Frontiers in Geochemistry: Contribution of Geochemistry to the Study of the Earth (Google eBook)

Front Cover
John Wiley & Sons, Mar 3, 2011 - Science - 280 pages
0 Reviews
This book is a contribution to the International Year of PlanetEarth arising from the 33rd International Geological Congress, heldin Oslo, Norway during August 2008. The first section of the bookconsiders aspects of geochemical processes which led to thedevelopment of the solid Earth as it is today. The second portionof the book shows how the rapidly-evolving analytical tools andapproaches presently used by geochemists may be used to solveemerging environmental and other societal problems.

This unique collection of reviews, with contributions froma range of internationally distinguished scientists, will beinvaluable reading for advanced students and others interested inthe central role geochemistry in the earth sciences.

  

What people are saying - Write a review

We haven't found any reviews in the usual places.

Contents

Geochemistry and Secular Geochemical
3
Crustal Evolution A Mineral Archive
20
Discovering the History of Atmospheric Applications of Isotopic and Elemental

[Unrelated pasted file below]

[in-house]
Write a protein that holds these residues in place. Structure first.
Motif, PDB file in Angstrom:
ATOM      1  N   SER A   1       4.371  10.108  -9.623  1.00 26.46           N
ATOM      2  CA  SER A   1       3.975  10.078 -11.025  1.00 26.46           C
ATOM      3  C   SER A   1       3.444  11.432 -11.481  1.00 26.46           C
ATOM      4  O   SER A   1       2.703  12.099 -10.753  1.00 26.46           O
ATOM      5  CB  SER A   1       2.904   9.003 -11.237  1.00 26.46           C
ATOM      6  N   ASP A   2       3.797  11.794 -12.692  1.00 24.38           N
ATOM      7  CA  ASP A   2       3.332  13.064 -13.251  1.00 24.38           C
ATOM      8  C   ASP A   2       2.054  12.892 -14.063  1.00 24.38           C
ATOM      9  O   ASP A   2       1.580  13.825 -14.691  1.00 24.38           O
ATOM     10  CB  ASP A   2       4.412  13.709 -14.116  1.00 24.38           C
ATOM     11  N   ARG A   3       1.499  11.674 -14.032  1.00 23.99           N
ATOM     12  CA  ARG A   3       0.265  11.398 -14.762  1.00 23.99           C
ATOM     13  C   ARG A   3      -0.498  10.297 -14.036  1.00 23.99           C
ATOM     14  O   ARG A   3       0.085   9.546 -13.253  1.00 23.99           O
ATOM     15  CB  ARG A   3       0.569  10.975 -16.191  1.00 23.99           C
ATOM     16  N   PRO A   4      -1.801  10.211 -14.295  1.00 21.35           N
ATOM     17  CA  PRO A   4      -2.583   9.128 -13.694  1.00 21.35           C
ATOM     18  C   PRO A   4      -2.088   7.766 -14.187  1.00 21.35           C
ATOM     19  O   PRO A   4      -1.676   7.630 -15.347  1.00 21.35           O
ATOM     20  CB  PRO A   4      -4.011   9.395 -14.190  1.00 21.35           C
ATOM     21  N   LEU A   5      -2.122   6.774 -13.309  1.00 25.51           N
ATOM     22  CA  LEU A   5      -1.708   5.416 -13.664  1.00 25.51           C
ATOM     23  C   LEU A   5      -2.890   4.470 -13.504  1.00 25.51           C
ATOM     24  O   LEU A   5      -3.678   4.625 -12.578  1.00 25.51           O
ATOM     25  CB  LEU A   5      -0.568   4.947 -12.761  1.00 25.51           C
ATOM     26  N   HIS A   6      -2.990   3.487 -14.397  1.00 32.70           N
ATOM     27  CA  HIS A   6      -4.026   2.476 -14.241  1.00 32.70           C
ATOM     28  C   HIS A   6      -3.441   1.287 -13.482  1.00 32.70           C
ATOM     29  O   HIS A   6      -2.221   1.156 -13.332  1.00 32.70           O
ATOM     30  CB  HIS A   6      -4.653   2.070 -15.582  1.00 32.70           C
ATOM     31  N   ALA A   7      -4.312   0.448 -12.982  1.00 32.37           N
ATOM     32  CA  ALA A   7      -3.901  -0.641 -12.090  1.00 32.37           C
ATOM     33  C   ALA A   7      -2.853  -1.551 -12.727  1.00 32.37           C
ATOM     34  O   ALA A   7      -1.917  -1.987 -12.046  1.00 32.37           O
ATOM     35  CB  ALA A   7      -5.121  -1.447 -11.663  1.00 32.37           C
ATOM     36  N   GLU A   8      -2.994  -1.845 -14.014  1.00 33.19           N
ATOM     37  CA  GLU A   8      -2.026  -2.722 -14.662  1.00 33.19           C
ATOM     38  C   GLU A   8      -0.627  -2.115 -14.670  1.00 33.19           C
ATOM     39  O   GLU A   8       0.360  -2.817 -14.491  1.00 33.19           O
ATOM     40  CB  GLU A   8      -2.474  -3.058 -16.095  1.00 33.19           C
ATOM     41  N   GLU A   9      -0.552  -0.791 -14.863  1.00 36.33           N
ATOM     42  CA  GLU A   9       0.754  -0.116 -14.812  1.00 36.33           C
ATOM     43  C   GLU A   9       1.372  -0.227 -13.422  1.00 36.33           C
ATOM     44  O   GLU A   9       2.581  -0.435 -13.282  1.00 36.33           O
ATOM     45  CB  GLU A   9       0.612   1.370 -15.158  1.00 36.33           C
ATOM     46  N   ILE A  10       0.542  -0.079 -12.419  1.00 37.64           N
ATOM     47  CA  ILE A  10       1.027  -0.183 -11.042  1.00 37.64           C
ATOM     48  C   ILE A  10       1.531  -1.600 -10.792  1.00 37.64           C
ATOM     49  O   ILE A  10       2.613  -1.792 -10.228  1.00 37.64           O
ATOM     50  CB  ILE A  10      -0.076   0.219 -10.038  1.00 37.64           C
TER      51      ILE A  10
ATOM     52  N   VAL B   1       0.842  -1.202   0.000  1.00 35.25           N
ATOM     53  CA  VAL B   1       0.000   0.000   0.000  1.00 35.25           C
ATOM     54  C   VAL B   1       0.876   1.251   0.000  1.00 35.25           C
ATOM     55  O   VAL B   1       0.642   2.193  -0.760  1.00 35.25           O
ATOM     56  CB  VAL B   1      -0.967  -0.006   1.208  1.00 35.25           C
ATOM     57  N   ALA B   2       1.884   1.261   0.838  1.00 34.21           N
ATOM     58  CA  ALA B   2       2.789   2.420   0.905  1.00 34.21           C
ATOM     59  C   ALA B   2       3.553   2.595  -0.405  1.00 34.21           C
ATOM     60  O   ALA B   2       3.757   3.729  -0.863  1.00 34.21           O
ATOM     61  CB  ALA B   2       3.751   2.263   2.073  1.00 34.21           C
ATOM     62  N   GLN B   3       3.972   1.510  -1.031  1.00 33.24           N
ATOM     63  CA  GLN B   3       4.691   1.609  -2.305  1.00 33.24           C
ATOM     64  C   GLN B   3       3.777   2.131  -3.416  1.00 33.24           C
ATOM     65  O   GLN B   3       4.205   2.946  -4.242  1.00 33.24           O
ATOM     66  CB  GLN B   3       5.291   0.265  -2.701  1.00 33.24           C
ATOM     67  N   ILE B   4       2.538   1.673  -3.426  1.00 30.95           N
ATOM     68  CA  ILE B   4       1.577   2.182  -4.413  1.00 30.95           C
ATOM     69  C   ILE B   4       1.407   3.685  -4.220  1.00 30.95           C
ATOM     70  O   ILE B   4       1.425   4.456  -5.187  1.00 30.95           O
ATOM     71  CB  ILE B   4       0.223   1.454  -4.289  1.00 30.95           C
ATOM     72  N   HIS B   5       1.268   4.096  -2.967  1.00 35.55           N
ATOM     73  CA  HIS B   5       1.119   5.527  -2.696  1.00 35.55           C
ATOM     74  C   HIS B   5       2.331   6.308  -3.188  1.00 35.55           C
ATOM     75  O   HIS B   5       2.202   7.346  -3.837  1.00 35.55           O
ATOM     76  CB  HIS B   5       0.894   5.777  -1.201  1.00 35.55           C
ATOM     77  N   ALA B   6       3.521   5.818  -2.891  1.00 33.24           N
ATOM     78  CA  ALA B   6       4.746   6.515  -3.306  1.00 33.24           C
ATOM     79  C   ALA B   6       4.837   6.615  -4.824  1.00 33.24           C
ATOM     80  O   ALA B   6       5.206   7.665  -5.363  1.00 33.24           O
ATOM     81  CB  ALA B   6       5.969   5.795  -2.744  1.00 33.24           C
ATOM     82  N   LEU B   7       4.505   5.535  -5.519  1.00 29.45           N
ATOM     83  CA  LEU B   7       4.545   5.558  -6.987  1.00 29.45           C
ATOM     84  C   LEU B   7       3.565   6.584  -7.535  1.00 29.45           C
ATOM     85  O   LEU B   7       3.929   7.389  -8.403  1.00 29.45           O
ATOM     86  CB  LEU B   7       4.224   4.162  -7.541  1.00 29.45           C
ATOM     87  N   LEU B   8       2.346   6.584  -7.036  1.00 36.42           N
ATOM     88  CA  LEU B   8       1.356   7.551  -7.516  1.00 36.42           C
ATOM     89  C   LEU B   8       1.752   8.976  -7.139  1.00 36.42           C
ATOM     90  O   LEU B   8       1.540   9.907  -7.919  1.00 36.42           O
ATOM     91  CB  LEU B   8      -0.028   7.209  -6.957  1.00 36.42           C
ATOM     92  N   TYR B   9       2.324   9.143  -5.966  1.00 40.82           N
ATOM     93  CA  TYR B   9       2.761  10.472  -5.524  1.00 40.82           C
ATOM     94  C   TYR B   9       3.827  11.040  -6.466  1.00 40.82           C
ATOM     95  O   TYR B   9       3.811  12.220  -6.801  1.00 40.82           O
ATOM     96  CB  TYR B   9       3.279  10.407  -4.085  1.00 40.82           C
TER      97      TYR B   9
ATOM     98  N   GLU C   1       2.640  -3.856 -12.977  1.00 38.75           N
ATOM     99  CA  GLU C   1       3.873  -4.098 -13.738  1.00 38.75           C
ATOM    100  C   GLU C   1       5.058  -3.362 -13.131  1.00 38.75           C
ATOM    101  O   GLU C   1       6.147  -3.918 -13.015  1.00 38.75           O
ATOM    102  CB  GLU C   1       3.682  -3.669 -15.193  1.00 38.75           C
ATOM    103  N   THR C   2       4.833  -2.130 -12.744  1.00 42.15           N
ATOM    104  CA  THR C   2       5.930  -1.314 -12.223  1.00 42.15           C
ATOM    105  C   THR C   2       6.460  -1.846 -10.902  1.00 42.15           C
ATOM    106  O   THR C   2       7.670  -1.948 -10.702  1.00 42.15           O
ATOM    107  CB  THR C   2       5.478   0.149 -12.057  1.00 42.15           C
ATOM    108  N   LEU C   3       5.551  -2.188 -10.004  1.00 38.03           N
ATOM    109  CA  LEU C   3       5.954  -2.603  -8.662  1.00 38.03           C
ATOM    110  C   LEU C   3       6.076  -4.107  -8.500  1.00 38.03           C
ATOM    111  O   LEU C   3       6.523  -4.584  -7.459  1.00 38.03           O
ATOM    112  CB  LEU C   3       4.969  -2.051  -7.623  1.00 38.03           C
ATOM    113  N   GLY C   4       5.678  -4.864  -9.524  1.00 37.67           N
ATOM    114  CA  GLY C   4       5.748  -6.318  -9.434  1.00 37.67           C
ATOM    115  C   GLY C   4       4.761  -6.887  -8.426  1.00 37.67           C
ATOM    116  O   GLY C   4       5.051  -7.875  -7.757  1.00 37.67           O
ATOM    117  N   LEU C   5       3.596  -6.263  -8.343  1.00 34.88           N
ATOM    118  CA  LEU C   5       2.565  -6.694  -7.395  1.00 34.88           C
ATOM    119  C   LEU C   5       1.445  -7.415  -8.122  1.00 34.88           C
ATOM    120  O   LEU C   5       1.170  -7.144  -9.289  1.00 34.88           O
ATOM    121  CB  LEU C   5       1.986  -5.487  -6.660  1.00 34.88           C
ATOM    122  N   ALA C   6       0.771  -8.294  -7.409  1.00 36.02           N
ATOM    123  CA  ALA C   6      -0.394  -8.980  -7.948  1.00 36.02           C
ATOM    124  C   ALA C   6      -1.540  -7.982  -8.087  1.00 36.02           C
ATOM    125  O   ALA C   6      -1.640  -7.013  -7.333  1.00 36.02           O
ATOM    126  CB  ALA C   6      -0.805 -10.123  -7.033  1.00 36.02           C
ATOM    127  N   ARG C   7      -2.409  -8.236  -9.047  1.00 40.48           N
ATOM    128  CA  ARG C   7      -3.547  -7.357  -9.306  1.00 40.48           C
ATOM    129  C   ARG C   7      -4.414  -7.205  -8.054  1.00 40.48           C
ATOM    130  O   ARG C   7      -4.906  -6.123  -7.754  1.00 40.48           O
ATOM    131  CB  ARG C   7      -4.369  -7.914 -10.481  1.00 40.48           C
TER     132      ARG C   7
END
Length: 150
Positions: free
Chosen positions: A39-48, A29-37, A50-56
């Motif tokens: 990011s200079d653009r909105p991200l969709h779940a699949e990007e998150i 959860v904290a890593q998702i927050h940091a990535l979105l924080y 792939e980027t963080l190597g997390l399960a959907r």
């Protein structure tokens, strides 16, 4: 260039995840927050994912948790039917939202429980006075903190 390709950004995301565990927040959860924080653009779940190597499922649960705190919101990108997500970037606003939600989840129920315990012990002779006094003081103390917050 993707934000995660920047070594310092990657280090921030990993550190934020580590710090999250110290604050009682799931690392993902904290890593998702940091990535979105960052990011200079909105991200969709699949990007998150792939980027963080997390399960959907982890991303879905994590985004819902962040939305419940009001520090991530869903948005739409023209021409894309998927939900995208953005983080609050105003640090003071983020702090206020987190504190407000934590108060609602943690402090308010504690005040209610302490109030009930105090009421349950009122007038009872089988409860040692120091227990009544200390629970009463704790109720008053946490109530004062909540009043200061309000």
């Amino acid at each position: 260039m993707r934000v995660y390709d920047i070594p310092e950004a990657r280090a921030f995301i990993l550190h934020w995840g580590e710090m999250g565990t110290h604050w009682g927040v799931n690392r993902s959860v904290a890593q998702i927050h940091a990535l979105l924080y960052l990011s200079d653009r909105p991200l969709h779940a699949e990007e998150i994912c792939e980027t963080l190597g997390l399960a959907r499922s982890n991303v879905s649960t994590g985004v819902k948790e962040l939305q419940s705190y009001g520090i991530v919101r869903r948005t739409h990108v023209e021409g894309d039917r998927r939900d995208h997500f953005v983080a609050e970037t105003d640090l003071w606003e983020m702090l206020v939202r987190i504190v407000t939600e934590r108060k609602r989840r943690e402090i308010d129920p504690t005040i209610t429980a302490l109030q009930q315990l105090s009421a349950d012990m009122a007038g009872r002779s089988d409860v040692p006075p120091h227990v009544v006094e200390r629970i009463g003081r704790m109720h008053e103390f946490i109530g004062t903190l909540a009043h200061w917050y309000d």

61
Silicate Rock Weathering and the Global
84
Geochemistry of Secular Evolution
104
Copyright

Common terms and phrases

About the author (2011)

Russell Harmon is a Program Manager at the ARL Army ResearchOffice, where he manages the extramural basic research program interrestrial sciences which focuses on terrain properties andcharacterization, terrestrial processes and dynamics, terrestrialsystem analysis and modeling, and geospatial information science.University and. He is a Fellow of the Geological Society of Americaand National Speleological Society and Past President of theInternational Association of GeoChemistry.

Andrew Parker is an environmental geochemist, and wasformerly Head of the Postgraduate Research Institute forSedimentology, University of Reading, UK. He has supervised 60 PhDstudents from many countries, and is Fellow of the Royal Society ofChemistry, the Geological Society, and the MineralogicalSociety.

Bibliographic information